Technofile

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The Independent Culture
N I'm sure you were as disturbed as I was by the recent survey which showed that more than half of British schoolchildren named Germany as the most boring country in Europe, while nearly half identified it as the country they would least like to visit. Many apparently assumed that a country they disliked so much must be objectively inferior: 28 per cent imagined that Germany was the poorest nation in Europe.

Three-quarters associated Germany with the War. It seems the conventional media have failed to take our children's perceptions beyond stereotype and cliche. Could hypermedia, I wondered, do any better?

The Atlas of Europe from Infogrames (pounds 35) is packaged with grandly vague slogans - "information as a measure of difference", "the aspiration to provide an 'objective' viewpoint", "the essential information of the space we live in". Yes, it's French. The blurb is an attempt to justify the paucity of information on this disc, which could have been executed more effectively as a glossy magazine. Its take on Germany has a quirky charm, though. The key facts are apparently that Germany has the highest population in Europe, is the leading economic power, suffers from pollution, and is the world's leading producer of lignite.

In both Dorling Kindersley's World Reference Atlas (pounds 50) and Mindscape's World Atlas and Almanac (pounds 60), places of interest are picked out in red. DK selects the Berlin Wall - with a poignant video clip of the night it fell - Frankfurt, and mad Ludwig II's Neuschwanstein Castle. Mindscape points up Berlin, Neuschwanstein again, and Dachau, thus highlighting imperial power, kitsch megalomania and totalitarian oppression. It follows up with a battery of postcards showing historic piles and mountains. Solid, magnificent; but not, alas, calculated to make the average British schoolchild want to visit.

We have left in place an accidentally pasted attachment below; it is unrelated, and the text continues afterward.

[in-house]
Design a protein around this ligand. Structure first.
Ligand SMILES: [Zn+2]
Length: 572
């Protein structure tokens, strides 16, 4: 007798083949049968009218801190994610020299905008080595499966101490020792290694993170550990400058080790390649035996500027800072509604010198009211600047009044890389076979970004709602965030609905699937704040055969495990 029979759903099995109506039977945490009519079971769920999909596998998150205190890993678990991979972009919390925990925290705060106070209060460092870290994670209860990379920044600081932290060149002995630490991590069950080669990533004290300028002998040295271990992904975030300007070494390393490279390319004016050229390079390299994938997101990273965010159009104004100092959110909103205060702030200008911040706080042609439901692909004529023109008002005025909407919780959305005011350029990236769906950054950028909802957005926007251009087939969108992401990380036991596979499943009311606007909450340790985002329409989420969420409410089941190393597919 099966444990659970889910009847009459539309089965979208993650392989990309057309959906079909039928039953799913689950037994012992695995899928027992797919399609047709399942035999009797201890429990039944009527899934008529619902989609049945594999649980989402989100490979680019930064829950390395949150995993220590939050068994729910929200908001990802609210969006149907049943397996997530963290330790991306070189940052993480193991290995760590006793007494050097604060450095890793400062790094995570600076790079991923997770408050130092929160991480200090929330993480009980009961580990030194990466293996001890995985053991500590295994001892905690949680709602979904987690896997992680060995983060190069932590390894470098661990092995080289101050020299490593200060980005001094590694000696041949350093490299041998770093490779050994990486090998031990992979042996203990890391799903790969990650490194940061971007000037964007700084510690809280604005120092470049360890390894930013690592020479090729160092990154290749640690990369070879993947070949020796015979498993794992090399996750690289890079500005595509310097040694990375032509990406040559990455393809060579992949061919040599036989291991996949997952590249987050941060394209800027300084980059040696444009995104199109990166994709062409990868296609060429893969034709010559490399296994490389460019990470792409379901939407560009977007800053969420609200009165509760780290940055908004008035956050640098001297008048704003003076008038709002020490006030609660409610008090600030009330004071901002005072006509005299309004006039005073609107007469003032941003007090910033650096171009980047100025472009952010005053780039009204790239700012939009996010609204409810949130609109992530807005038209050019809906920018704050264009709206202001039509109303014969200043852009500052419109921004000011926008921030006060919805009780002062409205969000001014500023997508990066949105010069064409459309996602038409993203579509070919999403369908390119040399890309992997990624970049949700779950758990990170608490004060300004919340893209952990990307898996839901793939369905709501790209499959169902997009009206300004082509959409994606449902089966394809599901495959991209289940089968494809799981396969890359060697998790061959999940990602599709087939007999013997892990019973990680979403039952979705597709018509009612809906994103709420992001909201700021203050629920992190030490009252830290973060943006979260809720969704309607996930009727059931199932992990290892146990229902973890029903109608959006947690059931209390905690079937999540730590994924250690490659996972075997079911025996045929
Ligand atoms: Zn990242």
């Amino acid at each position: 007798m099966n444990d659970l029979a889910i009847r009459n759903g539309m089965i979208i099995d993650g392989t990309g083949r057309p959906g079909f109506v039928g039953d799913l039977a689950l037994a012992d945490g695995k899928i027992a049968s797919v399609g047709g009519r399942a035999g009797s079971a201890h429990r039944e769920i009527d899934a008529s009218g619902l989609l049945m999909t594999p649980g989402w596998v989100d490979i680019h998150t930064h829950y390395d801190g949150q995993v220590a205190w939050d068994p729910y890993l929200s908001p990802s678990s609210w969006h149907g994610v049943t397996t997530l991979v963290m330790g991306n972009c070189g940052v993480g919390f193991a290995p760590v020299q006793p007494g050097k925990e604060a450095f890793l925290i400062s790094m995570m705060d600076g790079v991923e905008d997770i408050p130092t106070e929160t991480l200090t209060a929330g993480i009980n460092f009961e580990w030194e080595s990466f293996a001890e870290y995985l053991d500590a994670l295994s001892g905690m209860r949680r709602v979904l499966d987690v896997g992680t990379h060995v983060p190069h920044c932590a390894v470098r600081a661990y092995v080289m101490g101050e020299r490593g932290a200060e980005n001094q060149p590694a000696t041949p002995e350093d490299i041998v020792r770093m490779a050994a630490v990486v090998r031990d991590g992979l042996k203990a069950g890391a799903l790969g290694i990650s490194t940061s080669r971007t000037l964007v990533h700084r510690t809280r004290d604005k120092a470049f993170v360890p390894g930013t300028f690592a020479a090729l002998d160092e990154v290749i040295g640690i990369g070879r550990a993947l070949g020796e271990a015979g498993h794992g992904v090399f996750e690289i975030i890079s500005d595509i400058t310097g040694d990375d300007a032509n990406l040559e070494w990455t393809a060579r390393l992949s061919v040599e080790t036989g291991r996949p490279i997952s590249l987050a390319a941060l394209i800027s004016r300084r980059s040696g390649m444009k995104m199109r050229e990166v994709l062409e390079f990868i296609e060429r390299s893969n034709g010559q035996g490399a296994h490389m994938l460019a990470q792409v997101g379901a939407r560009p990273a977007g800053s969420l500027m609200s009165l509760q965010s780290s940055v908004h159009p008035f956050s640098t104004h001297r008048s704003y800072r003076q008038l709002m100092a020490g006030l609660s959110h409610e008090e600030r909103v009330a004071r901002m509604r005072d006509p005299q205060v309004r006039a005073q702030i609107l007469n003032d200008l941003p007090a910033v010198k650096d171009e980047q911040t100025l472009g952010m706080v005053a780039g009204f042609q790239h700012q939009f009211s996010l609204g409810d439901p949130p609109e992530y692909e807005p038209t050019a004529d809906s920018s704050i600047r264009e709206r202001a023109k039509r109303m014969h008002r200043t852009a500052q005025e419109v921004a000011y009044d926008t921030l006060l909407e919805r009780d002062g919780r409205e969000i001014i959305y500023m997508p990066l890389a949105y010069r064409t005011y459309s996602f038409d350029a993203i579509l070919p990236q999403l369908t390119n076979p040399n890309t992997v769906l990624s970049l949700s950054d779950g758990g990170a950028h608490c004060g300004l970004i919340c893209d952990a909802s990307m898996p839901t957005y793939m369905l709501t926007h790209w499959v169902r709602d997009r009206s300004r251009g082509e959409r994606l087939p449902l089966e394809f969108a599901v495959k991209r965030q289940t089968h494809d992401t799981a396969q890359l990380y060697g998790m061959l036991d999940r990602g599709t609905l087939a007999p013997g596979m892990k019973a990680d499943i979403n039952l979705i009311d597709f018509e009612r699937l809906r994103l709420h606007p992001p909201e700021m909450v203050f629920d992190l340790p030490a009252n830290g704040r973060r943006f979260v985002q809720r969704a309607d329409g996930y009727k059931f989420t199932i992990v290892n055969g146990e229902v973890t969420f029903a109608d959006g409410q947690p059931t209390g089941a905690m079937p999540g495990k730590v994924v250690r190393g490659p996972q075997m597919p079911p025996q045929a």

Graphically, DK's product is the clear winner, with a serviceable palette of options - Health, People, Economy, and so on - accompanying each country. Tables of comparison show that Germany lies sixth in the world GDP league, while Britain is at 23. On the other hand, Germany is ranked eighth educationally, while Britain is fourth. What then, one wonders, do German children think of us?

Mindscape's atlas makes you work harder to get comparisons, but the resulting detail may be more instructive. Configure the statistical graph facility to show Interpol's 1989-90 figures for assault in European countries, and Britain comes top with a rate double that of the runner-up, Monaco, and well over three times that of Germany. Similar comparisons can be made around the world for parameters ranging from road accidents to almond production.

Mindscape's disc lacks the contextual information that allows users to make sense of maps and figures. Here DK scores, unafraid to make statements which, while considered, are overtly value-laden. The statement that "German railroads are mostly state-owned and efficient" would certainly make any Shadow Cabinet member blush, for one reason or another.

For older school students, this dimension of the DK atlas could serve as a useful bridge to World Wide Web resources (see http://www.chemie. fu-berlin.de/adressen/brd.html, or gopher://wiretap.spies.com/00/Gov/ World/germany.con) which include a formidable range of historical documents, from Martin Luther's Theses to the German Constitution. No comparisons are possible with the latter, however, for in this country we leave such things unwritten.

Marek.kohn@mcr1.poptel.org.uk

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